There are no child workers at Dongguan Shinyang now and the children working at the plant have been let go.
Samsung suppliers have been under watch since 2012, when China Labor Watch found seven children younger than 16 were working for one of the South Korean firm’s China-based suppliers. Chinese law forbids hiring workers under 16.
Apple had a similar problem with some of its Chinese contacts and people objecting to Foxconn workers throwing themselves off buildings rather than making its shiny toys.
A complaint from Labour MP Helen Goodman, shadow minister for media and communications, looks like it will lead to an investigation from the UK’s National Audit Office about the “value-for-money” of the 4G auction.
A letter seen by the Guardian from NAO’s auditor general Amyas Morse to Labour MP Helen Goodman confirmed that the Office intends to “conduct a value-for-money study of Ofcom’s recent auction of 4G spectrum”. The NAO is apparently getting the investigation ready, prompted by Goodman’s complaints, which raised Ofcom chief exec Ed Richards’ concerns that the Coalition hadn’t focused on maximising auction revenues.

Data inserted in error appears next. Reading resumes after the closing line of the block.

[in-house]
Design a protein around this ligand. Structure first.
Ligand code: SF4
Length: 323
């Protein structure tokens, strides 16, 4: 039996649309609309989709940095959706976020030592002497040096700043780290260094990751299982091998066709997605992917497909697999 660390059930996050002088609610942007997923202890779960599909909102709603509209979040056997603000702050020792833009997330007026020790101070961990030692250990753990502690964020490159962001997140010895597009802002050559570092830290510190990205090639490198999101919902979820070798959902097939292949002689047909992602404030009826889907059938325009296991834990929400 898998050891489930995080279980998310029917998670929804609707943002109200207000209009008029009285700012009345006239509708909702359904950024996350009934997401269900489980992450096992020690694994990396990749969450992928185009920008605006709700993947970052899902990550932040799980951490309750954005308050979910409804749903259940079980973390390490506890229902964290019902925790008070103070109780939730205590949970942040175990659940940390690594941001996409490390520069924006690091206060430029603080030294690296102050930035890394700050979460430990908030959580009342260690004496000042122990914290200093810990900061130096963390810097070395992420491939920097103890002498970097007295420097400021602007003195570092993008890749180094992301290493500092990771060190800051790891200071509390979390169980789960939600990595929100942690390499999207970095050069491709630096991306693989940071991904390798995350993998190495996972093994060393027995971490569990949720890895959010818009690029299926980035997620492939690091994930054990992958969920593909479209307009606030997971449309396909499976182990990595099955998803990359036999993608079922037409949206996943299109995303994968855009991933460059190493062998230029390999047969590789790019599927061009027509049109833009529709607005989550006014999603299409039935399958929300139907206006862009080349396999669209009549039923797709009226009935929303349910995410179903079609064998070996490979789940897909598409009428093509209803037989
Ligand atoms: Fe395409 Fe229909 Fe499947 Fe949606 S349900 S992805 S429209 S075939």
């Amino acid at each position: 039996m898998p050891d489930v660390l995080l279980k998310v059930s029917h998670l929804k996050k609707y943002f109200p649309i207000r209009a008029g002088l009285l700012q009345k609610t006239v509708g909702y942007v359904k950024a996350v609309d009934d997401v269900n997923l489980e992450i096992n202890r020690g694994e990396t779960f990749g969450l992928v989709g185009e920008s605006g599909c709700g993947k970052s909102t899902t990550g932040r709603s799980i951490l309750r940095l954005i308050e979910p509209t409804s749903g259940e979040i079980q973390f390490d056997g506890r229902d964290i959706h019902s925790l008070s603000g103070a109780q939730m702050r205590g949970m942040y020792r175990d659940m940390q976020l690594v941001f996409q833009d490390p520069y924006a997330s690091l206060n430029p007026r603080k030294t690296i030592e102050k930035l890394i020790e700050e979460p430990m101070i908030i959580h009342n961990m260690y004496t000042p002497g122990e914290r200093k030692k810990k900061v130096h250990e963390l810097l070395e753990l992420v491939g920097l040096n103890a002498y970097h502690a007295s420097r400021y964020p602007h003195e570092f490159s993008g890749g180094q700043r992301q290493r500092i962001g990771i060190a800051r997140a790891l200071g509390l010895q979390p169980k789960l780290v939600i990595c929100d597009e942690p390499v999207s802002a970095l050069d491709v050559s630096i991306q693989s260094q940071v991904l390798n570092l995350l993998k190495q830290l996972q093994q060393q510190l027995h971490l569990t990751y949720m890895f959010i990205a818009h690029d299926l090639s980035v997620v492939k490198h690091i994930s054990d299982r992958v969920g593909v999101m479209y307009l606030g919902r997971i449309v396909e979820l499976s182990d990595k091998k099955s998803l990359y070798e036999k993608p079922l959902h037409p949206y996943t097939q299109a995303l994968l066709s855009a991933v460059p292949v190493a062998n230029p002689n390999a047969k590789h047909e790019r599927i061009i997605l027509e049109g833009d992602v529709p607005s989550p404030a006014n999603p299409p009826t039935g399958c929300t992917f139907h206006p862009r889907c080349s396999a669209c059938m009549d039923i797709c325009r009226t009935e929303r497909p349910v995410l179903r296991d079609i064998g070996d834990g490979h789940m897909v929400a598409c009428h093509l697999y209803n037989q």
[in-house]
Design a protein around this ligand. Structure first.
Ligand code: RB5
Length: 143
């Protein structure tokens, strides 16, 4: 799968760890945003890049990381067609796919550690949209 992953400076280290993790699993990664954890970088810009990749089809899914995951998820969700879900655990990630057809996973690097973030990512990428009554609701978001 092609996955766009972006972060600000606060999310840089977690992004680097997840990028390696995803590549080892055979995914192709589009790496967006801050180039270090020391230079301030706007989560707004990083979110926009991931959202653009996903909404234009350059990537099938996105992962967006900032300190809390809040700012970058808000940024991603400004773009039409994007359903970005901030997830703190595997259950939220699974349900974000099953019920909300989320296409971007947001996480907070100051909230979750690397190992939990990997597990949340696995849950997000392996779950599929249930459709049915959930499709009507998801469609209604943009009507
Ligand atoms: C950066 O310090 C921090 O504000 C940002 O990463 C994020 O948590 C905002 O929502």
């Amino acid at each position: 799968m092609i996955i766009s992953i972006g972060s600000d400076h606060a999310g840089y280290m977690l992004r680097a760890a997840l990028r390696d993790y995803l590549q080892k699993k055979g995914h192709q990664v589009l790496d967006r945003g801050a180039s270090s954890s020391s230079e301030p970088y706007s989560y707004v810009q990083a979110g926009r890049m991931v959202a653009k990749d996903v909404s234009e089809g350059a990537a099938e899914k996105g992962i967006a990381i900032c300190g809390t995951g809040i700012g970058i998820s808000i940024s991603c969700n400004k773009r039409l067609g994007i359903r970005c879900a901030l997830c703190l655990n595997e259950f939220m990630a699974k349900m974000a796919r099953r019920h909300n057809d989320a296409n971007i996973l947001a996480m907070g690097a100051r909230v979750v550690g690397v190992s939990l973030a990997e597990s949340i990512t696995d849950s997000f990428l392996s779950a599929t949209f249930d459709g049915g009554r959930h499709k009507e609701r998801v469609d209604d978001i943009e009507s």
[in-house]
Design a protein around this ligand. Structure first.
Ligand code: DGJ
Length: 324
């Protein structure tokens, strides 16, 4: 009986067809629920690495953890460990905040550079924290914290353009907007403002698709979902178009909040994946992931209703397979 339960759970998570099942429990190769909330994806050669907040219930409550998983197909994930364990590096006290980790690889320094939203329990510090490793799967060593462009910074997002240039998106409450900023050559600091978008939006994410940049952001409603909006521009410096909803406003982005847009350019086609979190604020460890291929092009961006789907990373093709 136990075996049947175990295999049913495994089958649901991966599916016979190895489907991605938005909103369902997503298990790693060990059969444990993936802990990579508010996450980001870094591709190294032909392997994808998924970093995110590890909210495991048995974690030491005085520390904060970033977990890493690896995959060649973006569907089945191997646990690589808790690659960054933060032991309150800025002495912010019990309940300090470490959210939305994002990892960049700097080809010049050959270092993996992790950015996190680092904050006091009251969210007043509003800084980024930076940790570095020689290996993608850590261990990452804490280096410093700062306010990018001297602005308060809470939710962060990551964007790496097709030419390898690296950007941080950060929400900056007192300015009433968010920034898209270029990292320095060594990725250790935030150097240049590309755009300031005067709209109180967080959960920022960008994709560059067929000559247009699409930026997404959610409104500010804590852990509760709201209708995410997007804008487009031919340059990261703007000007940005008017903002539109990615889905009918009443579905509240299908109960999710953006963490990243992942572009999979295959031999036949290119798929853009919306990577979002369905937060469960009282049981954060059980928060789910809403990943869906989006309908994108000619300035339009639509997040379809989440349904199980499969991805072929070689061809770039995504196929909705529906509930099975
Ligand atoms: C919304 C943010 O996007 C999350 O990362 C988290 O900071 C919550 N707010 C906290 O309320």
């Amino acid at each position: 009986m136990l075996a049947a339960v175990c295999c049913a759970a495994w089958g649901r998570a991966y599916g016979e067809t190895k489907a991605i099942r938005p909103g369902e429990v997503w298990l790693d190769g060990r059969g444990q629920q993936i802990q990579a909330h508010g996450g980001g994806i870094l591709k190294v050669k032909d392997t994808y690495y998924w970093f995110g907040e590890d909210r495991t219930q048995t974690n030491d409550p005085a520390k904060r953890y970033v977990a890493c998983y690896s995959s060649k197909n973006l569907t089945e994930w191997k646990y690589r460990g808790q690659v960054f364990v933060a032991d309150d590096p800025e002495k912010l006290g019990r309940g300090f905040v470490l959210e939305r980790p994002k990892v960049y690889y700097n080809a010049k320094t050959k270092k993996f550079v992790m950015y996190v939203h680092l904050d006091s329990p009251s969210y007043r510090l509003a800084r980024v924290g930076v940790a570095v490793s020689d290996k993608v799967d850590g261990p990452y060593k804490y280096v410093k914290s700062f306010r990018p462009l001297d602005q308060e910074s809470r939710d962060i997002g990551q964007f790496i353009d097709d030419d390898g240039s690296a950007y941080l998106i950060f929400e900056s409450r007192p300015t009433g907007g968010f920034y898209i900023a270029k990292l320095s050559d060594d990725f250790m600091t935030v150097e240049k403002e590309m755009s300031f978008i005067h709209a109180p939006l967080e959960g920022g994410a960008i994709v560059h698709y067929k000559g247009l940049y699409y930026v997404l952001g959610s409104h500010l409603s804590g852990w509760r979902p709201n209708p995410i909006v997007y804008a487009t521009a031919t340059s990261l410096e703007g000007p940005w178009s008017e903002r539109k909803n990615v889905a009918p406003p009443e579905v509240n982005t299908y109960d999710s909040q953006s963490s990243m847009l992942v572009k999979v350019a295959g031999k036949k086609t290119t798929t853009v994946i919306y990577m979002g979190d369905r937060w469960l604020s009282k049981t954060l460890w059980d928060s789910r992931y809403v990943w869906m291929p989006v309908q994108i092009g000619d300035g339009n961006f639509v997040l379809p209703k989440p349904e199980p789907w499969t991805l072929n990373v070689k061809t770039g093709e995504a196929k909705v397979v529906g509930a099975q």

Goodman told Morse that “by not making maximising the auction’s revenues an objective for Ofcom, the government has failed to get value for money on this project”.
The Treasury forecasted £3.5 billion from the auction, a small amount next to 200’s 3G auction which raised £22.5 billion.
Auction bidders themselves have stated the auction had been poorly designed – as Ofcom didn’t raise the amount the government was looking for, or make sure spectrum went to everybody who wanted it, an anonymous bidder told the Guardian.
The NAO will not be able to force another auction, however, a report will go to the Commons public accounts committee – which can grill chancellor George Osborne for a response.